Back to School Recs
And some thoughts on school choice
Yesterday my two kids went back to school. My youngest is entering kindergarten and my oldest is now in third grade. Earlier this week, I got a call letting me know the kids had both been accepted to a competitive choice school. If you’re not familiar with the model, these choice schools (we have a lot of them in the Bay Area) are public schools that take kids from throughout a district based on a lottery system.
Our local choice schools are pretty diverse and most are high performing, but we declined the invitation to move schools and chose to stay instead at our lower performing, dual-language immersion magnet— an under-performing school that was transformed a few years ago into an elementary + middle that focuses on bilingual immersion and has a multi-cultural emphasis. This is the second time we’ve declined.
There have been many aspects of my kids’ current school that have worried me— too much time spent on Chromebooks, lots of teacher absences, a new middle school that has no real shape or plan yet. I’d like to say the choice was easy. If I’m being honest with myself, however, much of my worries come from the white parental tendency to want what’s best for my kid, and not think too far beyond that. But we’ve also stayed because I have been trying to fight that urge, think bigger, and I know there are other metrics by which to measure education beyond test scores.
I’ve been doing some interviews for Touched Out and one issue that keeps coming up, which I hope will continue coming up, is the question of choice, and how we understand it as a concept. As I have said and will continue to say, we need a more nuanced way to talk about the idea of choice and agency. Many people tend to think choice is something one has or does not have, and they get very uncomfortable when anyone says otherwise.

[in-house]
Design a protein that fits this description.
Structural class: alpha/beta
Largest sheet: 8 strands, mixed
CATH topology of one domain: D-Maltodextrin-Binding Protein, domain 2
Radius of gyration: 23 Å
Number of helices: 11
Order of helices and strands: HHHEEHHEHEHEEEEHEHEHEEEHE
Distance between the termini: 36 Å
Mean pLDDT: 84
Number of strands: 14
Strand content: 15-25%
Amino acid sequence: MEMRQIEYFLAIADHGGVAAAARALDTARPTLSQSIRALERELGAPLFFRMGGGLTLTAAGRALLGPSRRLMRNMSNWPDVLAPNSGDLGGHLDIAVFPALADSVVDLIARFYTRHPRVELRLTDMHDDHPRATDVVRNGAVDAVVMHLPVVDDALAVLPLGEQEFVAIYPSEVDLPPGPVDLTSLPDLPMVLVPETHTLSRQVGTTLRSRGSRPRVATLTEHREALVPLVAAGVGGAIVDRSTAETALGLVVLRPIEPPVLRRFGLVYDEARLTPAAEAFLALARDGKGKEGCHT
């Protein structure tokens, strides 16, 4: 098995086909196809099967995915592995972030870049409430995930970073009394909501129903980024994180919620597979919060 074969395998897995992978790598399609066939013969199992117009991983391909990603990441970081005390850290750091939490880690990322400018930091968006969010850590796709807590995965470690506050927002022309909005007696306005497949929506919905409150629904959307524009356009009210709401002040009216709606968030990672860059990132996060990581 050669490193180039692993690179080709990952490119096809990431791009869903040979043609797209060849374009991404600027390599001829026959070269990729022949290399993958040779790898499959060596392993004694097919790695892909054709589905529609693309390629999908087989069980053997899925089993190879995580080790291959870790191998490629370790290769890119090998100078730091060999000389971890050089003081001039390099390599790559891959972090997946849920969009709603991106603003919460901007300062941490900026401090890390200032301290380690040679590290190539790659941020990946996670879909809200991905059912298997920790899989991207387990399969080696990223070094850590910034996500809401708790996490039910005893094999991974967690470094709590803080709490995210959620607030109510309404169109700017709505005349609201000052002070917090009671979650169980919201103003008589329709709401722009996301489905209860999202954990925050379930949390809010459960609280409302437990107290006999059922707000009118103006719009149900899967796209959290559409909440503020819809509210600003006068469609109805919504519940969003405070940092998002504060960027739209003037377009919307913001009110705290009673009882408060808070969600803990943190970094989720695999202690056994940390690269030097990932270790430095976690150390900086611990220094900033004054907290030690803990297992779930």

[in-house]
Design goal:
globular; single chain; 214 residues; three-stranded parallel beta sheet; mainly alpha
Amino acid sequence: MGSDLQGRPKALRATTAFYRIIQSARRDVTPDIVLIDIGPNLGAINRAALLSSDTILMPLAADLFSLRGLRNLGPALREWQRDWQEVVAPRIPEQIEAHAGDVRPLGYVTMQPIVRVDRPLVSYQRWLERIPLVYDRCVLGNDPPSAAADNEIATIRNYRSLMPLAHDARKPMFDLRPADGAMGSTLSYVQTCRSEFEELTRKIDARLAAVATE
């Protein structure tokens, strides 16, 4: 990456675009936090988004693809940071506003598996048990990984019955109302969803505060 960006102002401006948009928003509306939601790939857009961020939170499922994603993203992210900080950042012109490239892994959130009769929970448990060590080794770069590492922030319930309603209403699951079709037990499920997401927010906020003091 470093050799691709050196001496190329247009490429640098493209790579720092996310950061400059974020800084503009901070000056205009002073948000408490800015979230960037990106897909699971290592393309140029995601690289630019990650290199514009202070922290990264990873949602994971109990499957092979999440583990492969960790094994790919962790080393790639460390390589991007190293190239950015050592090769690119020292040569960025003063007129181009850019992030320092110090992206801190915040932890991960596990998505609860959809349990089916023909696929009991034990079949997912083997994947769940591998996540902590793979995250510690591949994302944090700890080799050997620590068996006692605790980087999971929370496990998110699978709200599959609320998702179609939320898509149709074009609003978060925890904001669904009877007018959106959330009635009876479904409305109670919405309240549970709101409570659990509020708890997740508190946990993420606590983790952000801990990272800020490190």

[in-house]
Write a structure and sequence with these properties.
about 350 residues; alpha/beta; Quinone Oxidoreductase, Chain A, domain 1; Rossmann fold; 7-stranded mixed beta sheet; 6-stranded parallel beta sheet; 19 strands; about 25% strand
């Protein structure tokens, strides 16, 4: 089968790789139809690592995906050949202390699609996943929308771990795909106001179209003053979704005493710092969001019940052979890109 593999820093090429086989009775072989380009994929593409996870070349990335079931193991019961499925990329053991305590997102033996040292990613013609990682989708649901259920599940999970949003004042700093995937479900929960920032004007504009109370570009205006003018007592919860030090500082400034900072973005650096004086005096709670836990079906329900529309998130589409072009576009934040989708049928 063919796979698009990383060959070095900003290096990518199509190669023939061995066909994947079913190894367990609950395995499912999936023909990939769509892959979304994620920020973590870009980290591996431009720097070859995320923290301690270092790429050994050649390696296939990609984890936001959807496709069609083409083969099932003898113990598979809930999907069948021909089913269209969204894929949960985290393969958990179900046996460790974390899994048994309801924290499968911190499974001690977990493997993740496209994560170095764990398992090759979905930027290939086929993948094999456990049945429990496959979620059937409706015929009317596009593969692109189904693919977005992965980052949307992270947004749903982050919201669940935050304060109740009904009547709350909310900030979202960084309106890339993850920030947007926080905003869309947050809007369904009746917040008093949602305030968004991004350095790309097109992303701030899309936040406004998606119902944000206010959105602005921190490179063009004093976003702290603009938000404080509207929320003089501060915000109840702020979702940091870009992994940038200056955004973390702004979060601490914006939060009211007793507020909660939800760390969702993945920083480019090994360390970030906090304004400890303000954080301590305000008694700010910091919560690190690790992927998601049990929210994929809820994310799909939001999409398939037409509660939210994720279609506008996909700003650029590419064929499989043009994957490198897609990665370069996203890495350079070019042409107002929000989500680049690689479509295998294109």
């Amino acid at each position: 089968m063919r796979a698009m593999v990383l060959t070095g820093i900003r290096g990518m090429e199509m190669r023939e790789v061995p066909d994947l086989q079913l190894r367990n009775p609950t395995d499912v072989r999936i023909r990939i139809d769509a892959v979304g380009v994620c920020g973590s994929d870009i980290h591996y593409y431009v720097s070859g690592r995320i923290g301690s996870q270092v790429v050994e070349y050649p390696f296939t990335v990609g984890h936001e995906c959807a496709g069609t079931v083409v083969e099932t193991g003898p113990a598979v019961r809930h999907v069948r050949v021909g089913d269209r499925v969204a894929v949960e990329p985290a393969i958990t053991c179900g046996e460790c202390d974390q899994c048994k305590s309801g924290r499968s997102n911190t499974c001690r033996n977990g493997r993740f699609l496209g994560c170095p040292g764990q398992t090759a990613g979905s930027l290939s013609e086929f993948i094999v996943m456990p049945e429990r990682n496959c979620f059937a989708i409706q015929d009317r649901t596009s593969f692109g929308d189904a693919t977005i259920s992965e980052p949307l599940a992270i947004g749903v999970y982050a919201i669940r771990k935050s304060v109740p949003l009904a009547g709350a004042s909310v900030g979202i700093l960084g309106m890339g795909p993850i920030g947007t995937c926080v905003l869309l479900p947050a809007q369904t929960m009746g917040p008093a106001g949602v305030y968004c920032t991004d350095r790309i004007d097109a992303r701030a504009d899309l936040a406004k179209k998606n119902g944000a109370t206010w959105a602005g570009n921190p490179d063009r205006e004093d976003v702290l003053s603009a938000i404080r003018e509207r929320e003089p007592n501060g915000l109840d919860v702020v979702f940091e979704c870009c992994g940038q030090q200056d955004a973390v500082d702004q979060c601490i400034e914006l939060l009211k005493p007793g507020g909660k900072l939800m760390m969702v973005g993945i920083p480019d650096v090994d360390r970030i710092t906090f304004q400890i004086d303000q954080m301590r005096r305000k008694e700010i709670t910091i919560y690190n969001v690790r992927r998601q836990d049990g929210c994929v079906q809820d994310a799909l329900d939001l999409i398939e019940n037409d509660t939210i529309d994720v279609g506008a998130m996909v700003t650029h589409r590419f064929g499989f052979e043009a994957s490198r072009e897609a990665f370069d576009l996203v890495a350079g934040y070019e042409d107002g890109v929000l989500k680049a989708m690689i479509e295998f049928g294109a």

In America, we have lived for a long time with a rhetoric of free will, but in truth, the ability to choose the circumstances of one’s life— how you will parent, where your kids will go to school, how safe you and your children will be, whether to have children or not—is influenced by systems of power. When we talk about school “choice,” this detail is often missing from the conversation. What parents have the ability to choose where their children go to school, to agonize over the options as I did, or to choose whether their children will feel safe there?
It is not so much that some of us have choices and others do not, but that a variety of factors influence the degree to which we can choose the paths our lives, and our children’s lives, will take.
In an era in which the term “parental rights” is used to argue for control and censorship, as well as the right to do nothing about gun violence, the subject of public education is just one realm in which the issue of “choice” is weaponized against those arguing for better public policy. You have a choice, they say. You can just homeschool your kid if you don’t like the reality of a failing public education system!
But choices are complicated and actually not always that simple. They are continually limited and ushered around by public policy, cultural expectations and social coercion, emotional and professional and economic limitations, themselves influenced by dynamics of gender, race, class, sexuality, and the history that some don’t want taught in schools.
One sleight of hand that conservative Americans have performed in recent years is to propose that banning books, censoring curriculum, and a denial of this history is a campaign for “choice,” and therefore greater freedom. But “parents’ rights” simply means endowing a small minority group of parents with the ability to rob other children and families of their own agency, autonomy, and choice. No one should have that right.
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